Wednesday, July 28, 2010

Reflections on 45 days of Continuous Blogging

I've spent over a month posting literally every day here at Bring the Books, and often two or three times a day. At first, this started by accident because I was doing the series on Craig Koester's Revelation commentary, but after awhile, I felt like I was being sharpened by writing here every single day. About two weeks into it, I decided to make it a challenge to myself to write every day, and to see if I could write quality stuff each time.

Looking over the last month and a half, I'm quite happy with what I see, but I can sense the end of my "personal challenge" drawing near. Our readership has grown by almost 40% in the last two months; we are now drawing between 2000-3000 visitors a month (RSS feeds make it hard to know for sure), which is really unexpected and incredible. It's an exciting feeling to sense that you may be really contributing something to the Reformed online community, and at the same time knowing that I am able to keep myself sharpened in the faith while doing it is very rewarding. Fighting for constant forward momentum is one of those disciplines that I've developed by pushing myself in this way here at BTB.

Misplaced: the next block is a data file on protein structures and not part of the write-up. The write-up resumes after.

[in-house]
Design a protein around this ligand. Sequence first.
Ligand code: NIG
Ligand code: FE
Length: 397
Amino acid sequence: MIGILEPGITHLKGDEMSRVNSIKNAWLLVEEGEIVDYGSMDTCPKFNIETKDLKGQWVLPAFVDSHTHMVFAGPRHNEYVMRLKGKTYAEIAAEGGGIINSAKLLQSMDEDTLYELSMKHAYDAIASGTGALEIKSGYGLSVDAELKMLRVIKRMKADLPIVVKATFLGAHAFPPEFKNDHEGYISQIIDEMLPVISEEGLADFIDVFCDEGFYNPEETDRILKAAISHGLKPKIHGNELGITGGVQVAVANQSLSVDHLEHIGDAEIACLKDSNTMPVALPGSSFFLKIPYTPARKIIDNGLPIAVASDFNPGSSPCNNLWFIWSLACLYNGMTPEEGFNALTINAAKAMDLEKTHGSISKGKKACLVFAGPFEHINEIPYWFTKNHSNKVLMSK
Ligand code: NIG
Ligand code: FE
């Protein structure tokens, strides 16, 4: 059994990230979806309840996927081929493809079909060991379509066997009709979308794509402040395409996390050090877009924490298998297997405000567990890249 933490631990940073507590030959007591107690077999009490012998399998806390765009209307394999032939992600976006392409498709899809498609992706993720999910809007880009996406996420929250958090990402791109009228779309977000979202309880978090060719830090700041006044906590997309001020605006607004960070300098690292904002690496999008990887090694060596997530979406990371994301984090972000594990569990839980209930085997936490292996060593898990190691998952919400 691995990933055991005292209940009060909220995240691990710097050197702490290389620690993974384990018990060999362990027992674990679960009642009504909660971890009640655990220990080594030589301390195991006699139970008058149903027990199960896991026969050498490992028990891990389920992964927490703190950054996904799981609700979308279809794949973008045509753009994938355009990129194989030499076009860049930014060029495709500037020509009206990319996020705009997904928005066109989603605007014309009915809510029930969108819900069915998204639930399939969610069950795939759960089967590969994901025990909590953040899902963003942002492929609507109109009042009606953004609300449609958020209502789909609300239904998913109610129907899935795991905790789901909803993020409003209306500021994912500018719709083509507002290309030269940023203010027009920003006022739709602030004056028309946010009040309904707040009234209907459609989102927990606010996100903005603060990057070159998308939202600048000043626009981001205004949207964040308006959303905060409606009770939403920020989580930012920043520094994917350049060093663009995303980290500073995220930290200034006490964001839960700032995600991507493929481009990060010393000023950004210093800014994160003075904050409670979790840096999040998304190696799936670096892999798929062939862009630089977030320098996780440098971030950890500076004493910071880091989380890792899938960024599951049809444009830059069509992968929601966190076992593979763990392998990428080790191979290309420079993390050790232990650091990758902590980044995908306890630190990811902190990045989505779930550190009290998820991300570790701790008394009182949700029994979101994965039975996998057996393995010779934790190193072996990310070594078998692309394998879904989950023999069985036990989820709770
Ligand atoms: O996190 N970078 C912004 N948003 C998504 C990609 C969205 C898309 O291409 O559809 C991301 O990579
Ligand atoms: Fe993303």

So why am I writing this introspective pause? Mainly because I need to take the pressure off which I've now put on myself. Blogging every day only takes a few minutes if you're a good, quick writer. But my biggest challenge is that I don't want to write if it doesn't come passionately from my heart, and so I need to just make a promise to our readers. (I seriously have no idea how Tim Challies does it.)

I promise never to write something which I don't feel deep in my bones, and not to write simply for the sake of taking up space or fulfilling obligation. Josh and I started Bring the Books because we believed we had unique voices to share in the Reformed community. Now, whether that is true or not is inconsequential, but the point is, we write because we love to write. And we write specifically for the Reformed community because we love Jesus Christ and His Church, and we want to see the church built up. The presence of orthodox, Reformed, culturally aware, plugged in fellow Calvinists should be edifying, and that's what we hope comes out of BTB.

I'm in the middle of reading a lot of great biographies, works of theology, and I was thinking of reading some more Sherlock Holmes short stories. In order to do that, I just need to turn the pressure valve and tell myself that it's okay if I don't post here literally every single day. In the long run, it's much healthier for the quality of the posts and the overall integrity of the site.

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